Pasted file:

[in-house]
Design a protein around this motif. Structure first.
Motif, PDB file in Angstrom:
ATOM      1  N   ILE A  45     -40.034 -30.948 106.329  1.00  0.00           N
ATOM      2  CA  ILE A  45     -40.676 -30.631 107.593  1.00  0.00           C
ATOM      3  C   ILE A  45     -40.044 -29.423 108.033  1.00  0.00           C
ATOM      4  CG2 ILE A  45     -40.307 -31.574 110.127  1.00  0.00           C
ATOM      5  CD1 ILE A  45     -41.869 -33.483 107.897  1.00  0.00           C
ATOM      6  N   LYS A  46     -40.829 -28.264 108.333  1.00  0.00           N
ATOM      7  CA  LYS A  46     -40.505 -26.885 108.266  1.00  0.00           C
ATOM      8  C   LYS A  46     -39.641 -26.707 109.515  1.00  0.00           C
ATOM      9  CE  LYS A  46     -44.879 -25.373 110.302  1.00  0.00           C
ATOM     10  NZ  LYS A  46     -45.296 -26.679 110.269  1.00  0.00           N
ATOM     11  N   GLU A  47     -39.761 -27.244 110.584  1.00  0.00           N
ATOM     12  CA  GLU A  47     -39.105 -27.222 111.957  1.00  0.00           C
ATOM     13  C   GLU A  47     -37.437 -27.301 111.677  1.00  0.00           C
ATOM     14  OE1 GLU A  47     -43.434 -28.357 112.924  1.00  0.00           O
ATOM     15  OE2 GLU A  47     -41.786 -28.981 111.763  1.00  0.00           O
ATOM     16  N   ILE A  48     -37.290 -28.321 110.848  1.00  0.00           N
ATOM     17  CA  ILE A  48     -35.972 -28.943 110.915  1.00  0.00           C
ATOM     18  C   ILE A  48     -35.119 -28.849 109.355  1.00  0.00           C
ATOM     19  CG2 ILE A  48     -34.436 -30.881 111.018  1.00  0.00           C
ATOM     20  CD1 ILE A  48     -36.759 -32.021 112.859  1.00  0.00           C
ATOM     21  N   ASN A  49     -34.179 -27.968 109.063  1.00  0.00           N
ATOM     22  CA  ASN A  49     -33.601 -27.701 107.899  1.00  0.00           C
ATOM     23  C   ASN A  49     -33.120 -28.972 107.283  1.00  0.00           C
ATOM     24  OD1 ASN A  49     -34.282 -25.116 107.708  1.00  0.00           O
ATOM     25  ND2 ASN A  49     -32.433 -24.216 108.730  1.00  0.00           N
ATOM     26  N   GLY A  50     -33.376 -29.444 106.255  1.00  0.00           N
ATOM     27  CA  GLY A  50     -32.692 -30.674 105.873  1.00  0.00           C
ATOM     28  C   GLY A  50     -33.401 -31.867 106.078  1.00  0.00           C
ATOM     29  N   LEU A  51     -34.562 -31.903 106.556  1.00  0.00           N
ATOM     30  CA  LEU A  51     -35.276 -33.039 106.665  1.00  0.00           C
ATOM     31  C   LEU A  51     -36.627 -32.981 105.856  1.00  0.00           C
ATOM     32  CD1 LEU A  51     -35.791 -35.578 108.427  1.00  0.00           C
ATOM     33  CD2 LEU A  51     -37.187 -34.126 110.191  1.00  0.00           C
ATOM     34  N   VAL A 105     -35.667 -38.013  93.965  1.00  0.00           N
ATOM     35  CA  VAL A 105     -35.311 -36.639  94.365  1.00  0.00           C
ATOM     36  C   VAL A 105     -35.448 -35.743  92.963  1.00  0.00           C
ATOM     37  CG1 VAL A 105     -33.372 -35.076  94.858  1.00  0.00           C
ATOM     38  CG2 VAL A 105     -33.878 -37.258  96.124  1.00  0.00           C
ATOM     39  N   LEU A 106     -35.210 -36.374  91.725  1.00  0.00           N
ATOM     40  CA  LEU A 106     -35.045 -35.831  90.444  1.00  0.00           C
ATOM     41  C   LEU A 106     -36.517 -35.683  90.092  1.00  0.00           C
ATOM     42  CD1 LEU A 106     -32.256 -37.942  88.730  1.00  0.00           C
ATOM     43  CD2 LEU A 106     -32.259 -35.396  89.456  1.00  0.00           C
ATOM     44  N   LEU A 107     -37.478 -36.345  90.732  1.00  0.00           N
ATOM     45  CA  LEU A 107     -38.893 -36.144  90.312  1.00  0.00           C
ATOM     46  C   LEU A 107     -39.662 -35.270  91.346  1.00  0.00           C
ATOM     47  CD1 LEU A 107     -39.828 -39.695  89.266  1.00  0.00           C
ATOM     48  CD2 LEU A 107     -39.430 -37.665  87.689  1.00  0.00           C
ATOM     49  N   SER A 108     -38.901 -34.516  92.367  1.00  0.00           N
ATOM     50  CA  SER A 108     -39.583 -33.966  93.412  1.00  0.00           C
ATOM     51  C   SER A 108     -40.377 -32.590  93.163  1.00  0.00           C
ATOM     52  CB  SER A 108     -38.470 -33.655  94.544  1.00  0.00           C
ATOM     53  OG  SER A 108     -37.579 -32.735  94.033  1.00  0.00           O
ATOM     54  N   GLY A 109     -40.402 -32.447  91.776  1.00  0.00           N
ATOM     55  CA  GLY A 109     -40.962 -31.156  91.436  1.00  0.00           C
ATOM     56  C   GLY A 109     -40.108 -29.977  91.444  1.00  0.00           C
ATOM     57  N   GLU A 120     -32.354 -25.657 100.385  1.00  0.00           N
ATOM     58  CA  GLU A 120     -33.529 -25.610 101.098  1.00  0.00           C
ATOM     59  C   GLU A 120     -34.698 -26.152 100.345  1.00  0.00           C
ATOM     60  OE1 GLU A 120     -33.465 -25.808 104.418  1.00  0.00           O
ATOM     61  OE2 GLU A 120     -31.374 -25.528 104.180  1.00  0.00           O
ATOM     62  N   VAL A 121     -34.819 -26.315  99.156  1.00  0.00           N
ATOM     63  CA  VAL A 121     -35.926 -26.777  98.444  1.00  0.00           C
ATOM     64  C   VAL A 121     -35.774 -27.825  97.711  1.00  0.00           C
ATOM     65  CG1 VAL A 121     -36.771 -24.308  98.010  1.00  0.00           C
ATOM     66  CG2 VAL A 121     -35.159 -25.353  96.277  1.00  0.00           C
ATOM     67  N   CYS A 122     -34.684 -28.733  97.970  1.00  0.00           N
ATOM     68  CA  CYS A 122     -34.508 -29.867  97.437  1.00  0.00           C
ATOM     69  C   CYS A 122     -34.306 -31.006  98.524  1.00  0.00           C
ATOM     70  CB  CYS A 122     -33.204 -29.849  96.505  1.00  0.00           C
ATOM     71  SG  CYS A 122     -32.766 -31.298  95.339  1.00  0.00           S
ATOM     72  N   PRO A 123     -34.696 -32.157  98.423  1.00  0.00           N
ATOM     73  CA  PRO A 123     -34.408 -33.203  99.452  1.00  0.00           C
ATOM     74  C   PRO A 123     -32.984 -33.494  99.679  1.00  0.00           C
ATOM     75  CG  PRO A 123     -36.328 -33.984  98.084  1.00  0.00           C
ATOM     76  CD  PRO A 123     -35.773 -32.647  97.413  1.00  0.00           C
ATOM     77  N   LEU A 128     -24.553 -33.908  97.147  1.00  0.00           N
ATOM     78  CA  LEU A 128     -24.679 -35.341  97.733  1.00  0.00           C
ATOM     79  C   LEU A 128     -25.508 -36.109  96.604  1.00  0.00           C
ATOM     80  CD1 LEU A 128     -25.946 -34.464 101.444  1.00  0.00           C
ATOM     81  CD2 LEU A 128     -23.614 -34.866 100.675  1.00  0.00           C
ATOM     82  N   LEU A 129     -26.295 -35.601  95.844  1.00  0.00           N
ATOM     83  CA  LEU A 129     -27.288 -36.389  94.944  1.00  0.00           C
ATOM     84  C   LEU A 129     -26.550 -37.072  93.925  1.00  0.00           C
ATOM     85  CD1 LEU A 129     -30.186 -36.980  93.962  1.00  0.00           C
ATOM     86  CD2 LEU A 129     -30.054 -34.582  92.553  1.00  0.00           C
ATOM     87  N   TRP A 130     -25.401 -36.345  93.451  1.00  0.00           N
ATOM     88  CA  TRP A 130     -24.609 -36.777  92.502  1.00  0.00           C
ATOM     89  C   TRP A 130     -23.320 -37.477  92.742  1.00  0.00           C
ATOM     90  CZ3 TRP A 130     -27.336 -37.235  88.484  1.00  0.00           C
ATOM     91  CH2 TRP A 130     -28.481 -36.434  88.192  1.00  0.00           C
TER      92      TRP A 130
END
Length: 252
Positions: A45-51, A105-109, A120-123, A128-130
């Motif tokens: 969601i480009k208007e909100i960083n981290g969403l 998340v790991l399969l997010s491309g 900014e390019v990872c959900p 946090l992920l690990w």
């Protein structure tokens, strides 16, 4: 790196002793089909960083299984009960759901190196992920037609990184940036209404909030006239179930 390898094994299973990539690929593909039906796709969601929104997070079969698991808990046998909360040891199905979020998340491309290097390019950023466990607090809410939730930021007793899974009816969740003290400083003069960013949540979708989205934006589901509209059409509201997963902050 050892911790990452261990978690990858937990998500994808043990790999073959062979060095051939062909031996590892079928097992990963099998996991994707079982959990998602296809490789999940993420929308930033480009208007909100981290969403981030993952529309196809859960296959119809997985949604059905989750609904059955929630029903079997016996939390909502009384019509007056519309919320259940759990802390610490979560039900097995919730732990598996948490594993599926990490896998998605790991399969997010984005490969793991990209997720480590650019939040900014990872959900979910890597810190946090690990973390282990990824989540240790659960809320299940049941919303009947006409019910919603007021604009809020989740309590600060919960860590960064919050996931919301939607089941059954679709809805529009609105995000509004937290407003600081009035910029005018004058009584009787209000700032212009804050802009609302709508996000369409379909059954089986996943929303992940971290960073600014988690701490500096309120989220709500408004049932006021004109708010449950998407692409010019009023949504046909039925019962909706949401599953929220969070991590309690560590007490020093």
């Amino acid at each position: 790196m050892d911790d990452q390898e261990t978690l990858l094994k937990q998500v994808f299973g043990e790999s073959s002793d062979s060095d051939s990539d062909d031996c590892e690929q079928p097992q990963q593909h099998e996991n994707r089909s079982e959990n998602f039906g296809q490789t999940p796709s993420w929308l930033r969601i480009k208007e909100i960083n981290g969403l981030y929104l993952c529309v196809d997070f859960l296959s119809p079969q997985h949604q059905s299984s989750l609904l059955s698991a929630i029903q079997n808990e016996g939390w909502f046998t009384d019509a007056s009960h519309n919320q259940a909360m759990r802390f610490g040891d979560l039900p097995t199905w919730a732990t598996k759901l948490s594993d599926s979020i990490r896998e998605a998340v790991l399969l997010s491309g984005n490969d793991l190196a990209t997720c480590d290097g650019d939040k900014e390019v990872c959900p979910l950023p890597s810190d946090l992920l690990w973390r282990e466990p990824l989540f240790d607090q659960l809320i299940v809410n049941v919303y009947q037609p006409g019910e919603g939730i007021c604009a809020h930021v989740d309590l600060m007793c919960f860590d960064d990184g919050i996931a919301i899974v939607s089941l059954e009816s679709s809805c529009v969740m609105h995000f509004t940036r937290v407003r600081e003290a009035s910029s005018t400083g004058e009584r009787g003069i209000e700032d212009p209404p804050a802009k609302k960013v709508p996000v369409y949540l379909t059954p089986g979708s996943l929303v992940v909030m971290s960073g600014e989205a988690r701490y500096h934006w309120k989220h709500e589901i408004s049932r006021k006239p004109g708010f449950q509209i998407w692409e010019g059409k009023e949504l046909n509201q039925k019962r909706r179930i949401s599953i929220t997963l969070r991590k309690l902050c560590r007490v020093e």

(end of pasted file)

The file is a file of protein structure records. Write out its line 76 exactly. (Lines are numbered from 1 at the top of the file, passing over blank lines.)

ATOM     73  CA  PRO A 123     -34.408 -33.203  99.452  1.00  0.00           C